Saturday, August 28, 2010

Burberry and Immediacy

Thomas Burberry was twenty one when he opened the doors to his shop in England in 1856 and in 1870 he created the gabardine which henceforth and forever would be the Burberry raincoat material. "A Burberry" would suffice whilst previously it would have been the generic "a raincoat."

Last season Burberry streamed its fashion show in 3D to the world as its website invited readers to post photos of their Burberry, changing from just another designer website showcase to a social experience.

Burberry has decided that it will sell a "substantial" amount from its Summer 2011 runway show at its website directly to its customers - and deliver in about six weeks. The promise of six weeks is actually more shocking than its new business model; the typical scenario involves writing orders in October for pieces that will be shipped from the end of January to the end of April. The adage of first in first out at shops is somewhat subverted here but still appropriate. And Christopher Bailey is a designer that has taken a rather established staid house to the heat of fashion. Even in these odd recession/not recession days, Burberry has grown and grown and in the verbage of finance - it's stock is riding up in the winners circle: the upward trend is steady and the profit potential of serving the customer directly (scoot over dear Burberry retailers) is immense. The markup is 2.2 to 2.5 of landed cost (3 to 3.2 for imported goods), Burberry having only net wholesale and yet full retail potential - the profits will at least double and without the pesky real world expense of rent (the internet is essentially free apart from server costs and a few minor expenses related to maintenance), one could expect the trend of its stock to continue upwards in the same way that Apple's profits are immense and its stock commensurately shows that.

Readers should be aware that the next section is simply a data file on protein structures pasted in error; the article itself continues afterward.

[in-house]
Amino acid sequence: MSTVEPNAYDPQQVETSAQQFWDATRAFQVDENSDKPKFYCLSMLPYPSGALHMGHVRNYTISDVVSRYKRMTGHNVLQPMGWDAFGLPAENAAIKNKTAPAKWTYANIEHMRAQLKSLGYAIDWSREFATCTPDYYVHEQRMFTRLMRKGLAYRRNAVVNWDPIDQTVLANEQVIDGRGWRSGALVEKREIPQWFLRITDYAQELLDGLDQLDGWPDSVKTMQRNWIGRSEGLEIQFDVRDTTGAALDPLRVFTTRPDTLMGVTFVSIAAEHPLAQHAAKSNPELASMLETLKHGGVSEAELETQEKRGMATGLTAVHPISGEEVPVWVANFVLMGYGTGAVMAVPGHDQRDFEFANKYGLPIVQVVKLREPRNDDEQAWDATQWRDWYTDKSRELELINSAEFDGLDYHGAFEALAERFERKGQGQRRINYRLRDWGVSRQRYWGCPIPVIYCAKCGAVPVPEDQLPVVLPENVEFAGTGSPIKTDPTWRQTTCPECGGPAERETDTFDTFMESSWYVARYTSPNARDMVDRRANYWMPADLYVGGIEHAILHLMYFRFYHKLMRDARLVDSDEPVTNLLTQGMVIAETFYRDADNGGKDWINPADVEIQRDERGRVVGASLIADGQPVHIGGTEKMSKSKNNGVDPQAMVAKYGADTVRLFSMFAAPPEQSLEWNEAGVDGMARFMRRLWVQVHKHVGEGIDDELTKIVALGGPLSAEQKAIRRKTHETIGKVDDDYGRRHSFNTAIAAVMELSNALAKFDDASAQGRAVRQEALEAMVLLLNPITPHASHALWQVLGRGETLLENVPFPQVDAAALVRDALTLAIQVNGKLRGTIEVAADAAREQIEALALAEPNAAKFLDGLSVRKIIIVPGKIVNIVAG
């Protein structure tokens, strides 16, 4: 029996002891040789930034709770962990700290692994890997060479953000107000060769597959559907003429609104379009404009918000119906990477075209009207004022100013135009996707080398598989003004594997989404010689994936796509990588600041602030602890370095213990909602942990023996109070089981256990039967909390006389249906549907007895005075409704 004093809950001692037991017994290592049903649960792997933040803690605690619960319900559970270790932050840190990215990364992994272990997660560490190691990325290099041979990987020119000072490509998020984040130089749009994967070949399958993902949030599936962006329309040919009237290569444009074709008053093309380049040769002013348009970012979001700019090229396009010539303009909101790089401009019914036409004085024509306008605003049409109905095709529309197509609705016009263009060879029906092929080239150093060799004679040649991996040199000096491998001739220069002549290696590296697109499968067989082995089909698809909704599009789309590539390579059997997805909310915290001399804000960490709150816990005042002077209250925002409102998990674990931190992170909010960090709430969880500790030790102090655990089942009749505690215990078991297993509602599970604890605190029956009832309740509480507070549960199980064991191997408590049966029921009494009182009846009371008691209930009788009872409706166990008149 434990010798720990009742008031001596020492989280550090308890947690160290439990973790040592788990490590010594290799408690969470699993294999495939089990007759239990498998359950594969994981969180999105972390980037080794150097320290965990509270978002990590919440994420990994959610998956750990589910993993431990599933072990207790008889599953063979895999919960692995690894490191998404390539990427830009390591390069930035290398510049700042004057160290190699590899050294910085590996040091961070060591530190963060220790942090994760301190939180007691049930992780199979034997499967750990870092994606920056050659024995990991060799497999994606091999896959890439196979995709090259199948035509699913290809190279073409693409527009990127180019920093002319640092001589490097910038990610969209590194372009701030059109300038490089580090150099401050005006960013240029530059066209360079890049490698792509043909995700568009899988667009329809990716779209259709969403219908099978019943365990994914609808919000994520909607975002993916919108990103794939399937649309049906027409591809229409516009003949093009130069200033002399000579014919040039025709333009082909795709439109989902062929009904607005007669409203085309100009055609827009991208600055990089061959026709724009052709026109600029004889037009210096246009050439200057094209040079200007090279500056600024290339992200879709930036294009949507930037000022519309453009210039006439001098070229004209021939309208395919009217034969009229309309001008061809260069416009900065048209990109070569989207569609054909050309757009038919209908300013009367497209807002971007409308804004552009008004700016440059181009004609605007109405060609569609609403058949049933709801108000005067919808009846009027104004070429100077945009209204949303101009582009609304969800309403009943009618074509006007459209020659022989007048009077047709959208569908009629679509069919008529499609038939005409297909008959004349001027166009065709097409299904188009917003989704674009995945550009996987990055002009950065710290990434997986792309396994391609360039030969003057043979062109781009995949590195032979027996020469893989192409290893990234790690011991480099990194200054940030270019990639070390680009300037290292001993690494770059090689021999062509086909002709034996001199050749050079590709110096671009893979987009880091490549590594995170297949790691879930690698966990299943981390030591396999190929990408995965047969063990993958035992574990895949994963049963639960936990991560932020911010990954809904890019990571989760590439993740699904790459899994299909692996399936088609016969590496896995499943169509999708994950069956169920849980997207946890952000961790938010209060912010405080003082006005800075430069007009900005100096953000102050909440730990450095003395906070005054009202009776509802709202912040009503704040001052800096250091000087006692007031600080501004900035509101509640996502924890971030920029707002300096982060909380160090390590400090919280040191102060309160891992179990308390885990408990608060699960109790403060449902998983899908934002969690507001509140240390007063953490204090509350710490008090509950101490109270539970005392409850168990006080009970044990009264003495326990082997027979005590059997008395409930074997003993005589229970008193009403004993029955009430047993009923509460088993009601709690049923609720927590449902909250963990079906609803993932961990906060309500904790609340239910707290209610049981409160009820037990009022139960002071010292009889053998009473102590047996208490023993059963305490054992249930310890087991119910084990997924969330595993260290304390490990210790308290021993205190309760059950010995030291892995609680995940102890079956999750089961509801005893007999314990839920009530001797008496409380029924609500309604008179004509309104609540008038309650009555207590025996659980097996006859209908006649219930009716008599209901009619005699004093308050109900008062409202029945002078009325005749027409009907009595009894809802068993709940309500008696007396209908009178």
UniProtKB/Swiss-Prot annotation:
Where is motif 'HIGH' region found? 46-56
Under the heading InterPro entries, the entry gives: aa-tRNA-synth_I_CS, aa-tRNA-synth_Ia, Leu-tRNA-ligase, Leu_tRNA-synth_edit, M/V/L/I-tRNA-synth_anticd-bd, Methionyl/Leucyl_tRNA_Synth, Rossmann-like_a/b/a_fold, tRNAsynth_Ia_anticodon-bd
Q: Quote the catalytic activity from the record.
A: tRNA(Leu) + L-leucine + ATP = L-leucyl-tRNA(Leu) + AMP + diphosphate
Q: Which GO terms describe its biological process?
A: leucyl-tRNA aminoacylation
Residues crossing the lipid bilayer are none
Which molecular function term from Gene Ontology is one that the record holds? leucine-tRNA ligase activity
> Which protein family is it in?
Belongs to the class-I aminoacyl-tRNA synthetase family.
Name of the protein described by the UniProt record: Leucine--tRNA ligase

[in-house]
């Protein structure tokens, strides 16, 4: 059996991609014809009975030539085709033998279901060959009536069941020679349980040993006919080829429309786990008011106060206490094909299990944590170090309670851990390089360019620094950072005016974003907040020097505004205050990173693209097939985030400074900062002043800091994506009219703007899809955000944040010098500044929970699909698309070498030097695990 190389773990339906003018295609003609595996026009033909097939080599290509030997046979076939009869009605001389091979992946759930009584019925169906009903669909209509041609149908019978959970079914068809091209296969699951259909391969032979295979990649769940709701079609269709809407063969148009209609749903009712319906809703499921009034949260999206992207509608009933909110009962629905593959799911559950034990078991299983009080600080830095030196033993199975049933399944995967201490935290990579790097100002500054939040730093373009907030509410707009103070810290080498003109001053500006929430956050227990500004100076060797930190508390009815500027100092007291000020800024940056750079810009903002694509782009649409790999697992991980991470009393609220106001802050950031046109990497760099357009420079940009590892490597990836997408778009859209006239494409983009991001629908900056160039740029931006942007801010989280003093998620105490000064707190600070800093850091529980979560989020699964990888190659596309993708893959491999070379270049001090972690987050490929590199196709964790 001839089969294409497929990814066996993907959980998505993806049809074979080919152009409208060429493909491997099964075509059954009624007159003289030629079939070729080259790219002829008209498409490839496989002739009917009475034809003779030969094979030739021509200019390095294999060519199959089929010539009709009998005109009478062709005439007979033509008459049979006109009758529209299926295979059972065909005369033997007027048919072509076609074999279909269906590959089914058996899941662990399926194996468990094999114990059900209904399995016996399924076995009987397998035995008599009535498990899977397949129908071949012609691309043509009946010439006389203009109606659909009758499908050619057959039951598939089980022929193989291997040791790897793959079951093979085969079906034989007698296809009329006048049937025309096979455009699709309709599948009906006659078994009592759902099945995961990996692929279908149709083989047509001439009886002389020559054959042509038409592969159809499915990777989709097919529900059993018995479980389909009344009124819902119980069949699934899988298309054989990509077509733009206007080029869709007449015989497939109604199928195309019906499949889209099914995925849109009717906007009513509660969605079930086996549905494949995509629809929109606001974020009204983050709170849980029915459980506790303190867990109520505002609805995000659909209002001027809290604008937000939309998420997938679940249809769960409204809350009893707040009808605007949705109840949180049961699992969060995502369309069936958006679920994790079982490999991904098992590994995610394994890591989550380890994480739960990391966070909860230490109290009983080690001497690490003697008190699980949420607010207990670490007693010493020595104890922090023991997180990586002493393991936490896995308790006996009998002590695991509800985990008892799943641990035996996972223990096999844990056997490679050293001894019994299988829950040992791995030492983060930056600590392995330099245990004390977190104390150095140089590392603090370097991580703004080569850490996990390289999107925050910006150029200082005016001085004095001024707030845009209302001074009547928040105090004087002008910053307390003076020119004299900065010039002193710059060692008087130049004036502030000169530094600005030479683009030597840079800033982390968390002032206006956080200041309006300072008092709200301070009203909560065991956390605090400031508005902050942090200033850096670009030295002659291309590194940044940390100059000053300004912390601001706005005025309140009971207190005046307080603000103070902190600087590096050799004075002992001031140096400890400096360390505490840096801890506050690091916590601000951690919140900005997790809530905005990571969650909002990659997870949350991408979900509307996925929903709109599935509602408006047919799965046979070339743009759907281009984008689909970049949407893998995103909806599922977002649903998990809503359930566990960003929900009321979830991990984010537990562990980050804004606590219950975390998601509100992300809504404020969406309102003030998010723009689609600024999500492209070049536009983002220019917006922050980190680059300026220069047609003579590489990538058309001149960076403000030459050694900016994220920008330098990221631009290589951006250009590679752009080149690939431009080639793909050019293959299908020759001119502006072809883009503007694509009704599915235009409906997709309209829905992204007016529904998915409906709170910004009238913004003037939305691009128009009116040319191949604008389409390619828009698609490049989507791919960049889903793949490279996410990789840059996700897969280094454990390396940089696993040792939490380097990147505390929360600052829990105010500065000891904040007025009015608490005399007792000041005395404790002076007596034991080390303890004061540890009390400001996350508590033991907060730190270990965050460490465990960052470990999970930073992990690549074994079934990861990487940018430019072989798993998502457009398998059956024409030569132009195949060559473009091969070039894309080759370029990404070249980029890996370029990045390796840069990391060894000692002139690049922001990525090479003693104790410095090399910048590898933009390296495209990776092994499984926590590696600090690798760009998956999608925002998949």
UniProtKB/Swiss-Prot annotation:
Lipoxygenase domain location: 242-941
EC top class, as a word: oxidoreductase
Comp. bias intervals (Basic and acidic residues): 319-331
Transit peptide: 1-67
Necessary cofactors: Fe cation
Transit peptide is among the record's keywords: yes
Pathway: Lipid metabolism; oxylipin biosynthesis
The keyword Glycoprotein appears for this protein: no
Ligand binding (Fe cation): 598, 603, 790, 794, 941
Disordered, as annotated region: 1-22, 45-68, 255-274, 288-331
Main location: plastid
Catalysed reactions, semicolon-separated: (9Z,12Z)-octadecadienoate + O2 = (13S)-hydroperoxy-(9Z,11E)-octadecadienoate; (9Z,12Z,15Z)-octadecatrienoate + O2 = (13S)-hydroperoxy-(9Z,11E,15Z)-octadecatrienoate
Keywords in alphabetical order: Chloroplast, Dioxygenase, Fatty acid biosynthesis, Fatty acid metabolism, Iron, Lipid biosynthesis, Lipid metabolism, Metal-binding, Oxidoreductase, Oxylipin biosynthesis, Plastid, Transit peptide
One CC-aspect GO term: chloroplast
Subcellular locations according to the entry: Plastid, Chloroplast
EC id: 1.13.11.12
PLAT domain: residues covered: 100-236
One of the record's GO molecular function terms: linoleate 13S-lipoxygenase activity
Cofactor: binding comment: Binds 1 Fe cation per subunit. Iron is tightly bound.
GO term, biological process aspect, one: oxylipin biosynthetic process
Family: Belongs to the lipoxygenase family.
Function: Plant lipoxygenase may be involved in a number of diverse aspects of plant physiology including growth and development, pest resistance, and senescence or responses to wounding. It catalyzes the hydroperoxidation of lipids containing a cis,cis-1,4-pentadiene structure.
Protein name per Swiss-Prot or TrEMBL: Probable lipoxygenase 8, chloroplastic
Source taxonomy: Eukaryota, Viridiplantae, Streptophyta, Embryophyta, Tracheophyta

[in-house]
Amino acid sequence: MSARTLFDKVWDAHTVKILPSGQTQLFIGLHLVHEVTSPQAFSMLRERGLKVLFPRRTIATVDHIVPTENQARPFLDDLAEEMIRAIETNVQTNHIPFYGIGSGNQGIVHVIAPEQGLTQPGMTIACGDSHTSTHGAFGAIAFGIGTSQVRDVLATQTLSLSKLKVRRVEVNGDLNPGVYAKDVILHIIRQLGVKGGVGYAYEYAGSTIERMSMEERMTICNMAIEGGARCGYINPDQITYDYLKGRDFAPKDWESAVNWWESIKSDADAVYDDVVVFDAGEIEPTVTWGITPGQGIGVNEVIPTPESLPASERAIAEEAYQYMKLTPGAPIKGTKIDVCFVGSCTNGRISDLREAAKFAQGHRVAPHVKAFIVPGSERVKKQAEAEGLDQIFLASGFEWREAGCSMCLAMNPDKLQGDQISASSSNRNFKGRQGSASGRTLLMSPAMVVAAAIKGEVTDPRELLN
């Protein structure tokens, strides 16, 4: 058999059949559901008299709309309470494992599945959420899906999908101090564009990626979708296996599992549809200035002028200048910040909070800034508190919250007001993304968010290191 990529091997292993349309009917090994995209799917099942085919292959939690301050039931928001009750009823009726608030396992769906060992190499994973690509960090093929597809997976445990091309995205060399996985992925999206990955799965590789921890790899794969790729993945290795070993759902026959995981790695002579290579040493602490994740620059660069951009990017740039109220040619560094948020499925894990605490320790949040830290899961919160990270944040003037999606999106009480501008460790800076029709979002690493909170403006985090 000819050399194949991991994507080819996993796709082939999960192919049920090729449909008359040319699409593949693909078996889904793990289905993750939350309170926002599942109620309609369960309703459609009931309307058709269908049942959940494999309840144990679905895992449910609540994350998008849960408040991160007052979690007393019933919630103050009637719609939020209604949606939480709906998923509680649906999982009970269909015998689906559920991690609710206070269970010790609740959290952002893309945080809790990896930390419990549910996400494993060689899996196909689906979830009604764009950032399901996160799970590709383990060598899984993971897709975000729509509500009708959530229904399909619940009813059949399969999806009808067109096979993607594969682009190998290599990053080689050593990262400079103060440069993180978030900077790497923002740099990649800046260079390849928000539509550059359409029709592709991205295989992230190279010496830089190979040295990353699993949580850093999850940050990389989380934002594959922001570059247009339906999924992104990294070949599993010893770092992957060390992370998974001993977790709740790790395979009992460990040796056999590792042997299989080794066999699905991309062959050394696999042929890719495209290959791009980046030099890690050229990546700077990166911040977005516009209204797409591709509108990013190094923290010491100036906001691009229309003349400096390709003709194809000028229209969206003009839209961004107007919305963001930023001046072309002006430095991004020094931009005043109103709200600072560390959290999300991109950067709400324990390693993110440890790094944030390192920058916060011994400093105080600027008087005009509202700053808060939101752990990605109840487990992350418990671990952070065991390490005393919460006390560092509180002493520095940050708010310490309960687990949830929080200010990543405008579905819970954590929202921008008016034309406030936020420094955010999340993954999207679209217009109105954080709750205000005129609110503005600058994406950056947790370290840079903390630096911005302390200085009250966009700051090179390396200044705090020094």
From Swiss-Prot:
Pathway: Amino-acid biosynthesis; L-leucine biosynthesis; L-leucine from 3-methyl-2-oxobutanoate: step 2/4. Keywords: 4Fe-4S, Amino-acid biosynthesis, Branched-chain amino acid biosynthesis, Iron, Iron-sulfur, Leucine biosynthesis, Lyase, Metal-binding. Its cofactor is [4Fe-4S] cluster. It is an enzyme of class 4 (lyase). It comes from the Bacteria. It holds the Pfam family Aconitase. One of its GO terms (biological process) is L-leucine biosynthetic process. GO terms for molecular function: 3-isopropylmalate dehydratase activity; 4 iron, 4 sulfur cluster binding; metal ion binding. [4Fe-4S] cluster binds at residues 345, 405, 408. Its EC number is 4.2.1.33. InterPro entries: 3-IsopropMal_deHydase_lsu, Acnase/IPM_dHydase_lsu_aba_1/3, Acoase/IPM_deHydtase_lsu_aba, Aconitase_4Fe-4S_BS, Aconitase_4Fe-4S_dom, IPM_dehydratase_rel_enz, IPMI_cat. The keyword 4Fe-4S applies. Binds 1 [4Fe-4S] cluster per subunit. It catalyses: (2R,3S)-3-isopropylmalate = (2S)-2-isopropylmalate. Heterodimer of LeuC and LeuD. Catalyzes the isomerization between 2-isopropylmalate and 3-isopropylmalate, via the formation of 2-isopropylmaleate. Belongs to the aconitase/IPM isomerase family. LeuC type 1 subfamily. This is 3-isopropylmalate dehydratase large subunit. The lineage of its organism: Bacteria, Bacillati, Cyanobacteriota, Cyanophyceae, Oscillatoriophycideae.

Dolce & Gabbana sold a "limited" edition of several bags from its website directly last season (those prices, sigh) as did Proenza Schouler. It's a business model that is all money and there is no doubt that this has been noted by every single designer on the planet.

There is no turning back. Retail shops continue to deal with trying to hold costs in check and minimize inventory and even the best are warning for next season's earnings. On the other hand, and increased their sales 50% last year and each have exponentially explosive seasons coming as more customers migrate to online.

At the recent Financial Times Luxury Conference at the Beverly Hills Hotel, it was noted that there is an entire younger class of customers that prefer shopping online as they find the experience in store rather daunting and sometimes intimidating. Whereas online one can order in their jammies with spills of coffee not stared at and many of the best companies make returns completely easy; small real world boutiques still shudder at returns.

Shades of what Apple did to the record store and Amazon to bookstores. Things change.

It's a big thing that Burberry is doing.

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